League of Legends: A Player Typology 2

My first typology kind of focused on player types that are or can be rather frustrating to play with, so today I want to focus on player types that are actually nice to play with.

The Casual ADC

This is usually someone who’s either unfamiliar with the role, or not that good at it. Maybe he’s practising, maybe he had to pick it because it was the only role left. Anyway, the most striking difference to the MAIN ADC from my last post is that the casual ADC usually appreciates his support and may even write things like “gj” or *gasp* “thanks” in chat. Even if they’re not always good with farming during the laning phase, they can still become valuable assets in team fights if they’re paired with a good support and survive bot lane more or less.

The Main Support

Granted, this species of players is kind of rare. If you happen to get one of these in your game, though, rejoice. They know the warding game and will maintain vision while simultaneously clearing enemy vision. Often, they can save their ADC even if the ADC made a mistake or the enemy made a good play (with or without the enemy jungler), and the main support will happily die for his ADC if that means the ADC gets out alive. They know their champ and know how and when to engage and set up plays for their team, and it’s very rare that they tilt and start flaming. Show them some love and appreciation and it will make their day, since they’re used to being flamed at (for dying, for example, even though it was to save their team mates) or taken for granted.

The Attentive Midlaner

Nothing endears you more to your jungler than to react quickly and without getting pinged at first if your jungler is ganked in his own jungle. The attentive midlaner, thus, is every jungler’s best friend, and can usually count on getting blue buffs in return. If he sees an opening for a gank, he pings and/or writes in chat, and then continues farming until the jungler shows up. He will also warn the jungler of wards, and he pings warnings if the enemy midlaner starts roaming. If he can, he will follow his midlaner. Whenever the attentive midlaner is ahead and sees an opportunity, he will help out top or botlane to help getting them ahead as well.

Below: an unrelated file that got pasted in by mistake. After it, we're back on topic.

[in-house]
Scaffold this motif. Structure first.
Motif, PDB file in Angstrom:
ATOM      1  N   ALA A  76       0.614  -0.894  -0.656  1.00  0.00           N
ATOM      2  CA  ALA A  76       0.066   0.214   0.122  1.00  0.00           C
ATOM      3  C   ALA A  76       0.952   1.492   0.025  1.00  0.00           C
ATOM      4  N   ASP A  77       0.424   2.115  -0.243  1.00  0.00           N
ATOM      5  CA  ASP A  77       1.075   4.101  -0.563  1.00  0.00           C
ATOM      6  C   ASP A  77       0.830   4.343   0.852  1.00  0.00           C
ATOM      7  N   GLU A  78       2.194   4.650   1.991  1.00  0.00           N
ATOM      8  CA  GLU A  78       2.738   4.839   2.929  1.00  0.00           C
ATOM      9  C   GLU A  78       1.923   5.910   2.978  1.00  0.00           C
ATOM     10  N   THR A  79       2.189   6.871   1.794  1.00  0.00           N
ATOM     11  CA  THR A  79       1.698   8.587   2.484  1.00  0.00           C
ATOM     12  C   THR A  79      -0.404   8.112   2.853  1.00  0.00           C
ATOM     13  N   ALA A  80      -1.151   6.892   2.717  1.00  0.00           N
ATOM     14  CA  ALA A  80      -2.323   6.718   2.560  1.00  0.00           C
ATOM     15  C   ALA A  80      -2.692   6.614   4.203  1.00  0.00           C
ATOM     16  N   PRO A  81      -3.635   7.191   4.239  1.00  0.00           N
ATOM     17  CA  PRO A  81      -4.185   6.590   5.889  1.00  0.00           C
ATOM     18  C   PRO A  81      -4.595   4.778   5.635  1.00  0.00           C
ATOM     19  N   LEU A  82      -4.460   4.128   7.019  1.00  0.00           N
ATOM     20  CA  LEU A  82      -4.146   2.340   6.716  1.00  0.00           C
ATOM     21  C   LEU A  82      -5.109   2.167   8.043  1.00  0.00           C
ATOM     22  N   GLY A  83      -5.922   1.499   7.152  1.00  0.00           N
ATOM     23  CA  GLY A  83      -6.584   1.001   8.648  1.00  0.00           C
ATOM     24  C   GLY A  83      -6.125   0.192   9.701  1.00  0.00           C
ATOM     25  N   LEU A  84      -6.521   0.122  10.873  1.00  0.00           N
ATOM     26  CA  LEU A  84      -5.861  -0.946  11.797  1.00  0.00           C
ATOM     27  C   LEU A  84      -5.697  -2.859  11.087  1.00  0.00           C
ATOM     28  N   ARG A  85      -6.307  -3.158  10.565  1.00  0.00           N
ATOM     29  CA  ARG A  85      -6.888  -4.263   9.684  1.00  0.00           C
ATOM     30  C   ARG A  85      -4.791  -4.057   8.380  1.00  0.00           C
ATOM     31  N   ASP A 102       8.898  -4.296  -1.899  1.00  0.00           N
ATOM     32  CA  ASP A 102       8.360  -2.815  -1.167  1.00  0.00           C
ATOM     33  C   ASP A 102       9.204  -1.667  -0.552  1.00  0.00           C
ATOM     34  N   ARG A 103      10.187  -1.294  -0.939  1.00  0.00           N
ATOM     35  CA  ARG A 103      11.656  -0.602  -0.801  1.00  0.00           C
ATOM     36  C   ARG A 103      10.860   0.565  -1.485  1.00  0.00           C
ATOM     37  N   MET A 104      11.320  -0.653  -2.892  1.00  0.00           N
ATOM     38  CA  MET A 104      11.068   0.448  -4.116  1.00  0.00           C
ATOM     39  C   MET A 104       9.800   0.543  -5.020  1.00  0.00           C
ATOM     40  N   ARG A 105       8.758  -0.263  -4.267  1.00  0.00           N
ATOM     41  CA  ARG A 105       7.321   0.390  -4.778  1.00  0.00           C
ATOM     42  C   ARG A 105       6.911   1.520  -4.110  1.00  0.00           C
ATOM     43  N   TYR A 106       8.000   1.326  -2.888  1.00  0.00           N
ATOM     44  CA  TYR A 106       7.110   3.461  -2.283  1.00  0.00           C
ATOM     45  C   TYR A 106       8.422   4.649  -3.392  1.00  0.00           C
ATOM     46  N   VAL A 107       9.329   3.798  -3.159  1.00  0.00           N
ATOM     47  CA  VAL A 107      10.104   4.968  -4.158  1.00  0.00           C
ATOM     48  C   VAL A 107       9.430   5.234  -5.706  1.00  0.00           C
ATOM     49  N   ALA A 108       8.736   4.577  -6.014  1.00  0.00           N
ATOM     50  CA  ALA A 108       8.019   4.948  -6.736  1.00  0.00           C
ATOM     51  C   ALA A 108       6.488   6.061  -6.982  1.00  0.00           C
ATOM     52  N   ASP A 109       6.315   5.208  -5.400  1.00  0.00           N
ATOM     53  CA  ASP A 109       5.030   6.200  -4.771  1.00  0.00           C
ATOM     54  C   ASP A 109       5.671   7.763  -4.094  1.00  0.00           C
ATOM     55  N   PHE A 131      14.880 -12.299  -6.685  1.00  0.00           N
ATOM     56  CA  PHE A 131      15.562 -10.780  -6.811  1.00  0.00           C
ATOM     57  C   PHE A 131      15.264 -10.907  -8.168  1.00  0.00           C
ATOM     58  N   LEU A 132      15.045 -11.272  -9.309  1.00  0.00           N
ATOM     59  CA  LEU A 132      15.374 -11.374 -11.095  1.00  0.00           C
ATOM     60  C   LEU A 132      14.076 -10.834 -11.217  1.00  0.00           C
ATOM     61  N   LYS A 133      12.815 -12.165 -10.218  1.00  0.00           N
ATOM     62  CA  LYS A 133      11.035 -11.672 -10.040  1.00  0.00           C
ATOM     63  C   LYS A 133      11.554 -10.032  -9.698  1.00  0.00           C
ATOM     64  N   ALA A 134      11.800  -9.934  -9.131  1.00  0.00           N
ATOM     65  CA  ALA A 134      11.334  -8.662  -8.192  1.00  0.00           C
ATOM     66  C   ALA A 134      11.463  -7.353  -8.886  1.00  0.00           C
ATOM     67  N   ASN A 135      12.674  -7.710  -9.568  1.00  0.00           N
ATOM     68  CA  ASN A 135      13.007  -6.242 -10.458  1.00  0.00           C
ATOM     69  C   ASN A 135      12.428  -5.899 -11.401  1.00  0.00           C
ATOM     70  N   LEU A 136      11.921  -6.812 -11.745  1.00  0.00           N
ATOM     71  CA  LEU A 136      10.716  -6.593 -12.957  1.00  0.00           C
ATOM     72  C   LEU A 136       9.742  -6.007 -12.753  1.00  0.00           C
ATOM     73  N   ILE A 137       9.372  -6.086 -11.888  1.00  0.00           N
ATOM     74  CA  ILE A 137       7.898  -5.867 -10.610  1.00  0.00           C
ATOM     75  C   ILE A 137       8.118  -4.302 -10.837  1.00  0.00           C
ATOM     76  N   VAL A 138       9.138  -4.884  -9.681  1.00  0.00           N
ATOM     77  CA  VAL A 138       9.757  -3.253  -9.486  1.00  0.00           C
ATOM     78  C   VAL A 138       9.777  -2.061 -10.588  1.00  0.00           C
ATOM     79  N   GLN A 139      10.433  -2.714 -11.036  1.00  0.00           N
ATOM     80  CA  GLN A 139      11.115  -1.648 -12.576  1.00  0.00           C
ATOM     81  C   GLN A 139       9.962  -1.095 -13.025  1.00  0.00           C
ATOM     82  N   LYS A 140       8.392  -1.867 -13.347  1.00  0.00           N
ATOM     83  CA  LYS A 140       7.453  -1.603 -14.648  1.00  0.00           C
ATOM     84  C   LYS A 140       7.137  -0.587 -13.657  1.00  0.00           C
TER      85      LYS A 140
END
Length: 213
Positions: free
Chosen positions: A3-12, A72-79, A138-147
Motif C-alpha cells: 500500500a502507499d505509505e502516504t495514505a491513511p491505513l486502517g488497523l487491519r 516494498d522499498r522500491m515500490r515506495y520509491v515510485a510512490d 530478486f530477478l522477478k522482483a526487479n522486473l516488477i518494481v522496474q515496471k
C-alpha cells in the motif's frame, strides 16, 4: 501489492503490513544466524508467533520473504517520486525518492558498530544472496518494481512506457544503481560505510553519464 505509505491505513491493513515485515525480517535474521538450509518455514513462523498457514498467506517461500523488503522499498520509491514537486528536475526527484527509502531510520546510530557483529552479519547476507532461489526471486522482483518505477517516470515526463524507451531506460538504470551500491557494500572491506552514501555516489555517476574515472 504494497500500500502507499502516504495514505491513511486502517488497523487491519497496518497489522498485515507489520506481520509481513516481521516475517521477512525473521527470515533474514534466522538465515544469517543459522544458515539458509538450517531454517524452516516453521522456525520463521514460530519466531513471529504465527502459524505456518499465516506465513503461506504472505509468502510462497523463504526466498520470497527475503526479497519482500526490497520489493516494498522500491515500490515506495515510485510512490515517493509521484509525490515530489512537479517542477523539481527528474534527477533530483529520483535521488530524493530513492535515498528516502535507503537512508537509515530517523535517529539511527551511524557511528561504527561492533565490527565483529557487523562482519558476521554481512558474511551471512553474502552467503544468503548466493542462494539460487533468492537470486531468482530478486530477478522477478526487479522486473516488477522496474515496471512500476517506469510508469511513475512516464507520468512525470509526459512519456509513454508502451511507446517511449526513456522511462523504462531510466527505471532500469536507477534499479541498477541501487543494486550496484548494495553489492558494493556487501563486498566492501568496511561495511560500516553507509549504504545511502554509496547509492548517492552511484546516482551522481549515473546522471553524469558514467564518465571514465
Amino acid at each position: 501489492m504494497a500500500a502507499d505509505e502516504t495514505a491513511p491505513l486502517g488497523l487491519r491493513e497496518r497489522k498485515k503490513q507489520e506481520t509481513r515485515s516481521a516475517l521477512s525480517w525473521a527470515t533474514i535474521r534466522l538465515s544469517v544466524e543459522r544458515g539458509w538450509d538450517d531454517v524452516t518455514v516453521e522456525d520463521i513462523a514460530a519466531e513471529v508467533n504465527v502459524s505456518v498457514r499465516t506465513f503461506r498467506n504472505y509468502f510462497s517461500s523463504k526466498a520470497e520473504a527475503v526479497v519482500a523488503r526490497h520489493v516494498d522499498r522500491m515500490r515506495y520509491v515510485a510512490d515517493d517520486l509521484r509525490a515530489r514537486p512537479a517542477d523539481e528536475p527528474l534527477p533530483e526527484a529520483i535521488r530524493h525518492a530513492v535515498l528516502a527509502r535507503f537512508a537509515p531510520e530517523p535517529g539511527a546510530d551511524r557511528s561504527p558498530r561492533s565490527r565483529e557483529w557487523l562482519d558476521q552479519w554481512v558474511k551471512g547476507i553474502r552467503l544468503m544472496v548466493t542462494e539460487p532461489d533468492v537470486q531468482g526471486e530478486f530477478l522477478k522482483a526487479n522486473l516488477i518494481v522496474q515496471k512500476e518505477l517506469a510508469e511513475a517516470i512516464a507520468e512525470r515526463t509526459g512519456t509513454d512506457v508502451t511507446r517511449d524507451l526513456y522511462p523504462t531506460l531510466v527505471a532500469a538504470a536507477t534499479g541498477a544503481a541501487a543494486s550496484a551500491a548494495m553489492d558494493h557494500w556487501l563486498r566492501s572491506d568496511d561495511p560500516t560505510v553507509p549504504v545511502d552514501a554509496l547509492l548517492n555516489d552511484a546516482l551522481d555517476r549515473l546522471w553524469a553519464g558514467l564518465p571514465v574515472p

The Teamplay Jungler

Teamplay junglers are often jungle mains with a great map awareness. They keep their eyes open for ganking opportunities, track buff and drake timers, help with warding and ward clearing, and ping warnings for their laners if they spot the enemy jungler on his way to a lane. In most cases, they will give their blue buffs (except the first one, which they need for experience and clearing help) to their mage midlaner. They will try to set up plays just like the main support, and if they’re playing a tank, they will often sacrifice their life to get their team out alive. Teamplay junglers’s KDA ratio often shows a high number of assists and low kills because they will give away kills to their laners whenever possible and necessary to get the laners ahead.

The TP Saviour

This toplaner has teleport, and he will use it. Usually to gank botlane or to quickly travel to any place on the map to defend towers or help team mates. The enemy team has to take extra care to clear unwelcome wards because the toplaner will probably take advantage of them sooner or later. If a team mate is in trouble, all he has to do is to ping for help and put a ward down (if there’s no TP-able ward nearby). The TP saviour might fall behind in farm due to TP roaming, but he will usually make up for the lack of farm by kills and assists, and by helping his team mates snowball. Sometimes, though, this toplaner may over-estimate his tankiness or damage output and overstay his welcome. If there is an opportunity for it later in the game, this laner will try to backdoor while the enemy team is engaged elsewhere.

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